A LUMNI H A L L
How to Build a Better School Charter school founder Todd Sutler ’94 says, “Stop innovating and start copying.” Today he’s a co-founder and leader of the Compass Charter School in Brooklyn, New York, and he’s on a mission to reform public education in the United States. But when Todd Sutler was a bond trader with Merrill Lynch right after graduating from Amherst College, he liked to walk around the office with a folding chair and a phone cord so he could listen in on the calls of seasoned traders. He employed a similar strategy when he was in graduate school at the Bank Street College of Education. He spent 18 months apprenticing at two Manhattan schools, observing, asking questions, and reflecting at the end of each day.
Sutler on school picture day with a Compass student.
And when he and his Compass co-founders were designing their ideal school, they embarked on what they dubbed the Odyssey Initiative: an international tour to document and share best education practices. Funded by a Kickstarter campaign, they set off in September 2012 and visited 80 schools in 25 states, as well as schools in Finland and Italy. “We found programs across the country that demonstrated a dedication to rigor, structure, and student engagement, as well as attending to the developmental needs of their children,” says Sutler. They saw schools focused on sustainability, schools where teachers “looped” — changed grades and moved up — with their students, and schools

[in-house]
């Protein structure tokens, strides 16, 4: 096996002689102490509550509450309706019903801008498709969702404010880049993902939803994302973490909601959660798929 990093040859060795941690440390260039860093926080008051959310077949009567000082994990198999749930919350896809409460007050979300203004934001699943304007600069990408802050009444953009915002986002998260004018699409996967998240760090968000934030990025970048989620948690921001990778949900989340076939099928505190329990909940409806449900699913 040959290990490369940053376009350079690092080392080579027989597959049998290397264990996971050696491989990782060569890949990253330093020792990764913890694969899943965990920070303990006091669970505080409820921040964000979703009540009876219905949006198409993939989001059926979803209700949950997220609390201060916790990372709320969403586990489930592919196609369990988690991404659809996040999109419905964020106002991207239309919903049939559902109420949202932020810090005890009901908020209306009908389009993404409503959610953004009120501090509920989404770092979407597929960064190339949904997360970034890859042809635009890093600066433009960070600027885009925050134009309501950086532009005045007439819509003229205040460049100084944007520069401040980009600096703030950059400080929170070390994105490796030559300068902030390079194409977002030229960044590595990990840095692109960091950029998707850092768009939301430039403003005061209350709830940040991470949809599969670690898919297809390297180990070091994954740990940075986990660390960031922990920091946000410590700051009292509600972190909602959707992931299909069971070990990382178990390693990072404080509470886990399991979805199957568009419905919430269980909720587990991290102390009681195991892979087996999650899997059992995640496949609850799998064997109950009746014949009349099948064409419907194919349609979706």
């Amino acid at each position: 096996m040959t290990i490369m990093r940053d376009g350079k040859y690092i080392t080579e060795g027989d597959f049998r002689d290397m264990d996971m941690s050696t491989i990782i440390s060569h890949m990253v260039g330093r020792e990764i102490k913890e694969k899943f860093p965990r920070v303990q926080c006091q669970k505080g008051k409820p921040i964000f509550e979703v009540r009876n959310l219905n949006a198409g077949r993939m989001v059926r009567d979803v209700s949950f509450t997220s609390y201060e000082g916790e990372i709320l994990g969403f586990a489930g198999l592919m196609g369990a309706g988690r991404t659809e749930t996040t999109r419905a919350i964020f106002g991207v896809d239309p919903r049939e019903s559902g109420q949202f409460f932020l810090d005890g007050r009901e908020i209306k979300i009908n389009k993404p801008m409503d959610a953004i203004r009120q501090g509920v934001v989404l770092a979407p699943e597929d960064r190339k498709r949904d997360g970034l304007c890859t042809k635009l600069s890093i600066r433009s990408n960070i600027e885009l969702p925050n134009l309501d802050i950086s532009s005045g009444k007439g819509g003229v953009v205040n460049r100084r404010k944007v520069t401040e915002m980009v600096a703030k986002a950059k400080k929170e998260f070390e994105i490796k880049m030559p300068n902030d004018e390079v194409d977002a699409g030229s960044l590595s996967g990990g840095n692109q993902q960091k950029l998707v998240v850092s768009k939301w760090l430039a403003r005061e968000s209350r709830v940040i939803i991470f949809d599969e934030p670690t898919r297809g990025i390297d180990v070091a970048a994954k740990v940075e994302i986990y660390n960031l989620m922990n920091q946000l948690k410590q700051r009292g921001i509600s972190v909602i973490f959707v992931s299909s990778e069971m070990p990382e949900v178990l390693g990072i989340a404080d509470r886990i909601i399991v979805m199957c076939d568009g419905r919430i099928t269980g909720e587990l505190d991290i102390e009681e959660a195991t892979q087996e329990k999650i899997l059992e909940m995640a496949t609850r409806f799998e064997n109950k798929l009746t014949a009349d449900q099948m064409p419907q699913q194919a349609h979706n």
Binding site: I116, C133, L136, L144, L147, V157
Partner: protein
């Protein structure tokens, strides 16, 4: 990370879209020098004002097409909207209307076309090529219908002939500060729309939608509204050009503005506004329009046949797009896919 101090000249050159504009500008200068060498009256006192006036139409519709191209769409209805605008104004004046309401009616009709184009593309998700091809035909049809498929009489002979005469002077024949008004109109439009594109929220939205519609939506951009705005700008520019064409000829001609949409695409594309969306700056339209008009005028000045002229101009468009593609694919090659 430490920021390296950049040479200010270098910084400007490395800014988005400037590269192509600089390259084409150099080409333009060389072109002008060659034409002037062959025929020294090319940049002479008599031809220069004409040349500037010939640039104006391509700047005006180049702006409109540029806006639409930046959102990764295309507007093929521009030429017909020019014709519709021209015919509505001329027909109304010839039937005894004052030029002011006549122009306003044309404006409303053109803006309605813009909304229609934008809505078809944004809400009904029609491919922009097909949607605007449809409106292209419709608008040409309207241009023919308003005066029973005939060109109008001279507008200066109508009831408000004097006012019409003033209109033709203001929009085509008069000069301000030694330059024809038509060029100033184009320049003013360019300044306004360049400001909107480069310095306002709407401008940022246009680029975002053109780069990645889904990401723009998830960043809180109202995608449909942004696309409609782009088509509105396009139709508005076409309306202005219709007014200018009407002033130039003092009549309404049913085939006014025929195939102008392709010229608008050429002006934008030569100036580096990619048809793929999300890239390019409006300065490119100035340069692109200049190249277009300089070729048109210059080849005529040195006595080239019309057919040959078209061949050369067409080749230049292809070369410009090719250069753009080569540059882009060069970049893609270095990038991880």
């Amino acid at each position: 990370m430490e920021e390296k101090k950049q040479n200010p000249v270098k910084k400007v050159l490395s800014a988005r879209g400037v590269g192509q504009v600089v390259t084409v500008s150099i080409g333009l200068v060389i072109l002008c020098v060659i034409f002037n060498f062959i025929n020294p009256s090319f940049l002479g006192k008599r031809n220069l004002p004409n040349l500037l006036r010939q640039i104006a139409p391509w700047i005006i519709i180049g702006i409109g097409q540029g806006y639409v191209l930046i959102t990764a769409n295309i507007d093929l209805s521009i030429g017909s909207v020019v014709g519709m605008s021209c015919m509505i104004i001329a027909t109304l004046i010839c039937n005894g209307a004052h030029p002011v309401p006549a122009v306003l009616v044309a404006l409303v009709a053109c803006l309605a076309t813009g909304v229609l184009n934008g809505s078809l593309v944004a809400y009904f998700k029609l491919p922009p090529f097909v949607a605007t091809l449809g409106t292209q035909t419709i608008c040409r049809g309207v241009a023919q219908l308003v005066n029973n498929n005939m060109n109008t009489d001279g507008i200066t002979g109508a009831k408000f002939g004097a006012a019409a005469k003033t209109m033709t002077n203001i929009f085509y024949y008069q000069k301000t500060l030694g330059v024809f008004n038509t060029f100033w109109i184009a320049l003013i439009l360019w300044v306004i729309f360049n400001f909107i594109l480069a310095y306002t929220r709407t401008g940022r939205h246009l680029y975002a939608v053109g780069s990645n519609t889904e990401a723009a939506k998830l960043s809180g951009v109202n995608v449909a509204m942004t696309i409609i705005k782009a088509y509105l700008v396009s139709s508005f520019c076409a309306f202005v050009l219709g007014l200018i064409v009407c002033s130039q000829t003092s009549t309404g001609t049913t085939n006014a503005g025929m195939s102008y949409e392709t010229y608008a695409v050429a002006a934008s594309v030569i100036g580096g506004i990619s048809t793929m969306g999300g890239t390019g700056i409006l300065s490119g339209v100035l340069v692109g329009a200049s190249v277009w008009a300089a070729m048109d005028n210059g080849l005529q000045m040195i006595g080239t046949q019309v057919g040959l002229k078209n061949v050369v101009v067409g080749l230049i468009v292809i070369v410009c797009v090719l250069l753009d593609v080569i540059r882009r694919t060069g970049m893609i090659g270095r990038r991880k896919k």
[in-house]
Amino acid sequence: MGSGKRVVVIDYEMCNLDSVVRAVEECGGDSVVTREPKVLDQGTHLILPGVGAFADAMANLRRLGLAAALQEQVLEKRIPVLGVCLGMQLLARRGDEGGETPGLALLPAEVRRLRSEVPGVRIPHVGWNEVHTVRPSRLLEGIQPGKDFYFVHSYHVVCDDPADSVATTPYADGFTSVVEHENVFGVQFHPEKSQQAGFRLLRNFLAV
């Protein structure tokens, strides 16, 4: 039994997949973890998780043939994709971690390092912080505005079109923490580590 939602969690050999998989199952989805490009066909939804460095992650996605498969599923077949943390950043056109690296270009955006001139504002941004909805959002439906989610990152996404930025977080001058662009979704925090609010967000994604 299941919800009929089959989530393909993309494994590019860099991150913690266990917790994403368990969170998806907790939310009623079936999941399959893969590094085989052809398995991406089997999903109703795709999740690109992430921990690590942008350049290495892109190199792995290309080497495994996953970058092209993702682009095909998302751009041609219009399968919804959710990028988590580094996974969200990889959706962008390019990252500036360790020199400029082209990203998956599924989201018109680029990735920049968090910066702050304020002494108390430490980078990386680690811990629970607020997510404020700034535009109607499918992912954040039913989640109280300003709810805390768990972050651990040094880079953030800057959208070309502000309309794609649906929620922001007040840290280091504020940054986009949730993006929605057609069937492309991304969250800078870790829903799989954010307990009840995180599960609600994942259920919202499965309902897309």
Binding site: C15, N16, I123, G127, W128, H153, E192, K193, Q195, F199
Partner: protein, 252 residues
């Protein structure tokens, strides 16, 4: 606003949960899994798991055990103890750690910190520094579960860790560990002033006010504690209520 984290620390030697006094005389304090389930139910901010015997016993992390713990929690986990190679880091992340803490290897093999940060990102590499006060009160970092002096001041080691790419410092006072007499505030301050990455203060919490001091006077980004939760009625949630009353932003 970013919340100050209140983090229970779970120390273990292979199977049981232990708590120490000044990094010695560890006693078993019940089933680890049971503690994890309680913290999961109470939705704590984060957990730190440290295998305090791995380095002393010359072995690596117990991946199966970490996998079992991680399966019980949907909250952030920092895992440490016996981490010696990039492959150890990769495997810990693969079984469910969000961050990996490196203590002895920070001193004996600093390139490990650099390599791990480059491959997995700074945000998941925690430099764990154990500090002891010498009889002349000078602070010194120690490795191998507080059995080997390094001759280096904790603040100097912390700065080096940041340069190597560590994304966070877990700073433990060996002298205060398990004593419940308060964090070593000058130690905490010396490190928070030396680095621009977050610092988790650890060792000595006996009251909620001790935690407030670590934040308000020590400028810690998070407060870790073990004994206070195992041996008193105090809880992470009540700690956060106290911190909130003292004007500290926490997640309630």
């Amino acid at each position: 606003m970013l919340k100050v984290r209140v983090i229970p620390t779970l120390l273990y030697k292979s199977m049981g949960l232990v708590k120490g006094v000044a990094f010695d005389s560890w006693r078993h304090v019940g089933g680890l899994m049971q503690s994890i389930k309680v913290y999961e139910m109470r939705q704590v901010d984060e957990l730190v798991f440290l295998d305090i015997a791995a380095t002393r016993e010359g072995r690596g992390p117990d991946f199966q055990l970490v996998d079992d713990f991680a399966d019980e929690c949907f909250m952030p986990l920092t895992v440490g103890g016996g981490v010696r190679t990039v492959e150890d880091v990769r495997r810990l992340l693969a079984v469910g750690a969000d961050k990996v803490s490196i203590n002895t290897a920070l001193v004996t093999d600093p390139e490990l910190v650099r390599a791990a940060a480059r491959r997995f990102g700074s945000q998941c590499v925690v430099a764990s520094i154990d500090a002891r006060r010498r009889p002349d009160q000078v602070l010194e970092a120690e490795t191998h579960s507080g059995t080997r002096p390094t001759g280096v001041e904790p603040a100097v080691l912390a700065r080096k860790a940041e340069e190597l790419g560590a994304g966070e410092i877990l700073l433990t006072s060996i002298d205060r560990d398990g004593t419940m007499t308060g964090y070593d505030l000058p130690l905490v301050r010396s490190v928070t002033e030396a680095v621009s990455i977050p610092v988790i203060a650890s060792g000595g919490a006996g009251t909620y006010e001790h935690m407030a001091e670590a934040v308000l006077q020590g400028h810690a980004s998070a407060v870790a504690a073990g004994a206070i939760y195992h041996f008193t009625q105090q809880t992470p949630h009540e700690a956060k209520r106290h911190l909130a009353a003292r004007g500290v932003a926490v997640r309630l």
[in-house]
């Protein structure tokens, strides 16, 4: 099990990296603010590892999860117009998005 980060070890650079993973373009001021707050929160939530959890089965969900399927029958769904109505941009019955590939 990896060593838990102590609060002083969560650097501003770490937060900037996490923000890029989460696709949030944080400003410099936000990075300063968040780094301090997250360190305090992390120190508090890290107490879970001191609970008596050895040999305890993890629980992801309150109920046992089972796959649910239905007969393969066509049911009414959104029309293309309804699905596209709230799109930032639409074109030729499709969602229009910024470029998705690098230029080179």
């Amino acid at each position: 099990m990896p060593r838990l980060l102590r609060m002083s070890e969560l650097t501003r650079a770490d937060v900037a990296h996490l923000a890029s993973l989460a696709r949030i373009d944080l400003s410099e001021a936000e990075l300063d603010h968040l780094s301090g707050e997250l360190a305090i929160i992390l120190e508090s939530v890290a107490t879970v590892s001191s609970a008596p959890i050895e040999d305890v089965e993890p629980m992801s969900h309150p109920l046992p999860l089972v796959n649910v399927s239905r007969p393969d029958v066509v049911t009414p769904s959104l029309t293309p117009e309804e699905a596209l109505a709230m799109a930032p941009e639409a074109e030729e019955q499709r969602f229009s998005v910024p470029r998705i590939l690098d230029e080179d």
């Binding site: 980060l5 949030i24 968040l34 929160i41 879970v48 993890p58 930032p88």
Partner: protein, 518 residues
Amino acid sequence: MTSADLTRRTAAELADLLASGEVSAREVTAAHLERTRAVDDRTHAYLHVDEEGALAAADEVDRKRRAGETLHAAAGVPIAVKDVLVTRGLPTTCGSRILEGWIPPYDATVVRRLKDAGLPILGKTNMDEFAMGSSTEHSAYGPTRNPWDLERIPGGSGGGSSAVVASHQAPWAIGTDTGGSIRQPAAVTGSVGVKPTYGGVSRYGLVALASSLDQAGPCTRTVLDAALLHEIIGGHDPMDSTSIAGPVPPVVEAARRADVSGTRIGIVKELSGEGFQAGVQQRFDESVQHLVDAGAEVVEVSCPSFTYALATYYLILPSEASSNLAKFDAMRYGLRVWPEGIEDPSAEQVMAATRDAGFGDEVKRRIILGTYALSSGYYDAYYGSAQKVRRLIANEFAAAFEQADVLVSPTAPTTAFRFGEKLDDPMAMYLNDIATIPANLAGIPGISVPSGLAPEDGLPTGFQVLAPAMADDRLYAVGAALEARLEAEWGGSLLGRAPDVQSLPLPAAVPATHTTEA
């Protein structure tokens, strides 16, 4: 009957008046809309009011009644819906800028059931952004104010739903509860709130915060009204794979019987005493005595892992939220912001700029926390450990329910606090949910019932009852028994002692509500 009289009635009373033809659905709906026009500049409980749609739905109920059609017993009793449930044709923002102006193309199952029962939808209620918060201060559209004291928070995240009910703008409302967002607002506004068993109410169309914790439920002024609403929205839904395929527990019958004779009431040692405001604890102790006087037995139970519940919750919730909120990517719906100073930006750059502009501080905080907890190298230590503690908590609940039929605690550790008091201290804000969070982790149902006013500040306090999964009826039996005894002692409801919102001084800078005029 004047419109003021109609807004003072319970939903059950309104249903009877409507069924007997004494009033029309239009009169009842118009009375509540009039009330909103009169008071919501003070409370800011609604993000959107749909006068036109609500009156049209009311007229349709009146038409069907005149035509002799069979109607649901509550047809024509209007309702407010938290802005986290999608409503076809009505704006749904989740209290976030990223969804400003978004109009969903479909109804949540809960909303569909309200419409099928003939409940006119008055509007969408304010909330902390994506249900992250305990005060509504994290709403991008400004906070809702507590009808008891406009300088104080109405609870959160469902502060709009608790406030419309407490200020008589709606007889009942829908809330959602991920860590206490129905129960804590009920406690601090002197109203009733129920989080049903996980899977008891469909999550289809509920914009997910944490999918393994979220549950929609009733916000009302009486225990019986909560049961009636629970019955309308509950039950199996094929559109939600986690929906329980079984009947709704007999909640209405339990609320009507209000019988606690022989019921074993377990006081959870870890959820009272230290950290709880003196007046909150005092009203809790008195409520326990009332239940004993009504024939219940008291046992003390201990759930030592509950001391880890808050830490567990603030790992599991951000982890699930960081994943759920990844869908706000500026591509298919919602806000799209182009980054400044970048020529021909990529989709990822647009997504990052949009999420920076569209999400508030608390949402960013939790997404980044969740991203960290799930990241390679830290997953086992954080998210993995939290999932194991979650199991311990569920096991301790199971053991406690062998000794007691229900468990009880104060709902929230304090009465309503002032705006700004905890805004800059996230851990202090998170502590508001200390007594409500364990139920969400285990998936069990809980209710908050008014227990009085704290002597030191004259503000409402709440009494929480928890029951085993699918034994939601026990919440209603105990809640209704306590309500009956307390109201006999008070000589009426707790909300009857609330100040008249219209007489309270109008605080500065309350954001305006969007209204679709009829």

that made time during the academic year to assess their work and change direction to better meet their students’ needs. As Sutler and his partners conducted their Odyssey Initiative research, they shared it with the Brooklyn families they hoped their school would serve. “One of the raps that charter schools get is that they just kind of show up and start going. They don’t build with the community,” Sutler says. So when he wasn’t traveling, he was giving presentations at neighborhood libraries and community centers. And the result launched in 2014: an inquiry-based, arts-integrated, and sustainabilityfocused school that now has 43 teachers and 260 students in kindergarten through fifth grade. As co-leader of strategic development at Compass, Sutler is responsible for the school’s operations, finance, and development. But he also thinks about the next step for the Odyssey Initiative, which he hopes will evolve into an online, interactive learning community and database. He envisages “a smart, teacher-driven professional development studio,” with master teachers leading video conferences for new teachers hungry for mentorship — a digital apprenticeship program. “My vision for the future of public education is to stop innovating and start copying,” Sutler says. “We need to study what is already working in American schools, and then legislate accordingly.” The more that teachers and school leaders can share information and learn what their peers are doing, he believes, the better education can be. — Tara Jackson
PHOTO: LUCY SCHAEFFER